[Skip to Navigation]
Sign In
May 2016

Inverse Psoriasiform Eruption During Pembrolizumab Therapy for Metastatic Melanoma

Author Affiliations
  • 1Department of Dermatology, Yale School of Medicine, New Haven, Connecticut
  • 2Northwestern University Feinberg School of Medicine, Chicago, Illinois
JAMA Dermatol. 2016;152(5):590-592. doi:10.1001/jamadermatol.2015.5210

Research in immunotherapy has led to tremendous advancements in the treatment of patients with advanced or metastatic melanoma. The immune checkpoint inhibitors are highly selective agents that exploit key molecular pathways used by malignant cells to evade the host immune response. Pembrolizumab, the first anti–PD-1 humanized antibody approved for cancer therapy, acts by inhibiting the PD-1/PD-1L axis that plays a key role in regulating T-cell activity and helps potentiate the anticancer host immune response.1 In a randomized clinical trial of patients with advanced melanoma, those randomized to pembrolizumab had a 12-month survival rate of 74.1%.2 Despite these groundbreaking therapies, PD-1 inhibitors have been associated with a variety of cutaneous adverse events that can affect morbidity and quality of life.3 To date, few reports exist characterizing the dermatologic adverse effects of anti–PD-1 therapy. Here we report a case of a patient with metastatic melanoma undergoing pembrolizumab therapy who developed an inverse psoriasiform eruption.

Report of a Case

A woman in her 80s receiving pembrolizumab treatment (2 mg/kg) for metastatic melanoma of the lung and spine presented with a 2-month history of a worsening vaginal and intergluteal pink-red plaque with several erosions and yellow crusting. She developed the eruption between treatment cycles 2 and 3 of pembrolizumab and was hospitalized for what was believed to be a worsening yeast infection, bacterial cellulitis, or even early-stage necrotizing fasciitis.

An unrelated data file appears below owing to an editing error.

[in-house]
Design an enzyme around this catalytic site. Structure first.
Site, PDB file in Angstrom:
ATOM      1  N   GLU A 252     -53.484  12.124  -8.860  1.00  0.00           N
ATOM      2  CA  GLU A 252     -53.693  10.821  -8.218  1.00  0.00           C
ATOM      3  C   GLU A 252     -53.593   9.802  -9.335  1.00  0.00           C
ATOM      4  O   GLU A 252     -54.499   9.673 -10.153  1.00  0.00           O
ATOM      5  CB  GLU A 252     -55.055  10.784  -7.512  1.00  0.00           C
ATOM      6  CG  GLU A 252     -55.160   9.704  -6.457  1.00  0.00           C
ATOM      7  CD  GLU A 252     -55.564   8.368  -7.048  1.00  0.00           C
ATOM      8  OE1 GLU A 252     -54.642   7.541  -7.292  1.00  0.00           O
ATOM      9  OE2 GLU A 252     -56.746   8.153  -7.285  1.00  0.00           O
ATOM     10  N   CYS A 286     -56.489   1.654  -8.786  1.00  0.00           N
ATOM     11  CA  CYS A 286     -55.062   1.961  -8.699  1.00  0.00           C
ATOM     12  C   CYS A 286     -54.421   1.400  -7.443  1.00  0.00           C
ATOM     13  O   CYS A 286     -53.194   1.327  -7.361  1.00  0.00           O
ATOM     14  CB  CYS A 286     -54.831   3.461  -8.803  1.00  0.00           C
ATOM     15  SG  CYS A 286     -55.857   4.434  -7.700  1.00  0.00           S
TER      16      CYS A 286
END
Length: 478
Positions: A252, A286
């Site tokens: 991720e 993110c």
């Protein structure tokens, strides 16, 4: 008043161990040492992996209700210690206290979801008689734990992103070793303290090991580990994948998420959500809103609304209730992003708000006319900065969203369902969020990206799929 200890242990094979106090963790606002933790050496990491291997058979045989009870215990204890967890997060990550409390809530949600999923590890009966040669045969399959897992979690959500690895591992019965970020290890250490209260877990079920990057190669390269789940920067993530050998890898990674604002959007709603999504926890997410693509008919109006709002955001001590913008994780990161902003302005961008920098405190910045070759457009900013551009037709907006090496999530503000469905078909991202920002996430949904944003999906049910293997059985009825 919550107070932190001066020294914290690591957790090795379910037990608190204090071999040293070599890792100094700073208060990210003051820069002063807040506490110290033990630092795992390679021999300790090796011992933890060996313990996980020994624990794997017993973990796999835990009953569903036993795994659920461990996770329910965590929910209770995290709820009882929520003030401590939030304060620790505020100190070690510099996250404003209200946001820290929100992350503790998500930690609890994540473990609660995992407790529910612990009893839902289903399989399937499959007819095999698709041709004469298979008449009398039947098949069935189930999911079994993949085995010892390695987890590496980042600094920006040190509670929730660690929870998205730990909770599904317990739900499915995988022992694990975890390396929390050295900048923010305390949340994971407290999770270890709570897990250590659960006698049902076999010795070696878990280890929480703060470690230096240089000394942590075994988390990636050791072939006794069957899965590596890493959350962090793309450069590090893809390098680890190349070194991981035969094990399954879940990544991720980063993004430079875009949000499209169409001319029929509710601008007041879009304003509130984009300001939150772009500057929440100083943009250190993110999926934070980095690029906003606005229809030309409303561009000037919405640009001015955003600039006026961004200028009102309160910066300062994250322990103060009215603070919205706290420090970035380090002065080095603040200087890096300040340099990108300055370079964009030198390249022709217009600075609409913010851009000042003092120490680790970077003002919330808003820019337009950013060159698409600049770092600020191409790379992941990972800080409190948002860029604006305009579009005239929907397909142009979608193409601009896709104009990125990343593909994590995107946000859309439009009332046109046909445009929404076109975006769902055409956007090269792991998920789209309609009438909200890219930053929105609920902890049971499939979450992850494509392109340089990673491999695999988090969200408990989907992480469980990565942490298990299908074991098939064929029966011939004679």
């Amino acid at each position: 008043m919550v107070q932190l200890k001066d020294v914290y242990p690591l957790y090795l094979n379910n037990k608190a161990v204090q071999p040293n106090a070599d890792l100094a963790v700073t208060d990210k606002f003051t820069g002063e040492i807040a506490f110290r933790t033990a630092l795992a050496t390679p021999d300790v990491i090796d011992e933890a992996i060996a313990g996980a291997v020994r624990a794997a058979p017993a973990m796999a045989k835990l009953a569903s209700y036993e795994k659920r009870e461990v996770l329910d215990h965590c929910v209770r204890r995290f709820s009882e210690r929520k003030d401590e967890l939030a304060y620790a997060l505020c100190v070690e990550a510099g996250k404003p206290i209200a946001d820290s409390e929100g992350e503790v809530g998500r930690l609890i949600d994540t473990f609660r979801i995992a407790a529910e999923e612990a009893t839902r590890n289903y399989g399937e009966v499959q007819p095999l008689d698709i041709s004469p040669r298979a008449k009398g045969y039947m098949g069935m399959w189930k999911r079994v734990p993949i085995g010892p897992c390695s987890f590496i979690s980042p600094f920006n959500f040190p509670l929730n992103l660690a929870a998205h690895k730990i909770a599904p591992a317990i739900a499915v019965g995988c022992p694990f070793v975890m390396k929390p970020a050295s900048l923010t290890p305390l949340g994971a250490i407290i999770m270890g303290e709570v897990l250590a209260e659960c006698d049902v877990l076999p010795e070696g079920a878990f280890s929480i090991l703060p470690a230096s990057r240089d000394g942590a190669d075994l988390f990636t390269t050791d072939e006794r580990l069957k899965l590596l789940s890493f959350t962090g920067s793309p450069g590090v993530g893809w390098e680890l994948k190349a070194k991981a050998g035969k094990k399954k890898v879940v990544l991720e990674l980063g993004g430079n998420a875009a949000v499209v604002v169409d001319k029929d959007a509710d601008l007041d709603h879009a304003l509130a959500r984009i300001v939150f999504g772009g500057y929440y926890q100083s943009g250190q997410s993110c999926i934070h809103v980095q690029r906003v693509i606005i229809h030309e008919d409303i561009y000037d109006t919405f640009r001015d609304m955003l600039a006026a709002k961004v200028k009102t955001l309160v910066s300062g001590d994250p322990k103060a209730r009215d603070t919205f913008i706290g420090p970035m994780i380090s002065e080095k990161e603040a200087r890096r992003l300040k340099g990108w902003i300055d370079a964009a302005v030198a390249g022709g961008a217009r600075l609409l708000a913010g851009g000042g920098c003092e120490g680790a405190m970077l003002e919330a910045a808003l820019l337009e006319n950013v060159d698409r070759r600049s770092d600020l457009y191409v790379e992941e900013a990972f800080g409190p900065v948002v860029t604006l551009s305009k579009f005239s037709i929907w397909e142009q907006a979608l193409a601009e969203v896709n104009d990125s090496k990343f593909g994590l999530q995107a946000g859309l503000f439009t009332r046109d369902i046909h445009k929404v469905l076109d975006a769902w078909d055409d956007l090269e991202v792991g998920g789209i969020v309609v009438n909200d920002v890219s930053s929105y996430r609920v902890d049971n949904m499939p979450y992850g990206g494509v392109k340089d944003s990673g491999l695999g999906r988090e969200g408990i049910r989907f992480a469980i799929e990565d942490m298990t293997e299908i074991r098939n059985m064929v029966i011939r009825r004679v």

On admission, she was afebrile with mild leukocytosis and normal pelvis computed tomographic findings. She was started on treatment with broad-spectrum antibiotics and intravenous fluconazole. Physical examination revealed a well-demarcated, thin, pink-red plaque with a red to violaceous rim extending from her mons pubis to her intergluteal folds, with several 3- to 9-mm erosions (Figure 1). She had mild induration of her right perineal skin but no tenderness, fluctuance, or crepitus. There was desquamating yellow scale-crust. Workup findings were negative for tinea or herpes simplex virus. Wound cultures grew 3+ pansensitive Staphylococcus aureus, and blood cultures were negative.

Figure 1.  Mons Pubis and Bilateral Inguinal Folds Showing a Smooth Pink-Red Plaque With a Red to Violaceous Rim With Multiple 3- to 9-mm Erosions and Yellow Crusting
Mons Pubis and Bilateral Inguinal Folds Showing a Smooth Pink-Red Plaque With a Red to Violaceous Rim With Multiple 3- to 9-mm Erosions and Yellow Crusting

The plaque extends onto the intergluteal cleft and bilateral buttocks, consistent with an inverse psoriasiform eruption with secondary impetiginization.

Punch biopsy specimens taken from her right buttocks showed psoriasiform hyperplasia with mature keratinocytes and focal spongiosis (Figure 2). There was a superficial, mainly lymphocytic inflammatory infiltrate, with scattered eosinophils and dermal edema. Periodic acid–Schiff staining was negative. All oral antifungal agents and antibiotics were stopped, and patient began treatment with clobetasol, 0.05%, and mupirocin ointments with rapid clinical improvement. Subsequent computed tomographic imaging showed an interval decrease in the size of metastatic nodules of the lungs with a stable lytic lesion of the spine. She was subsequently able to resume additional cycles of pembrolizumab.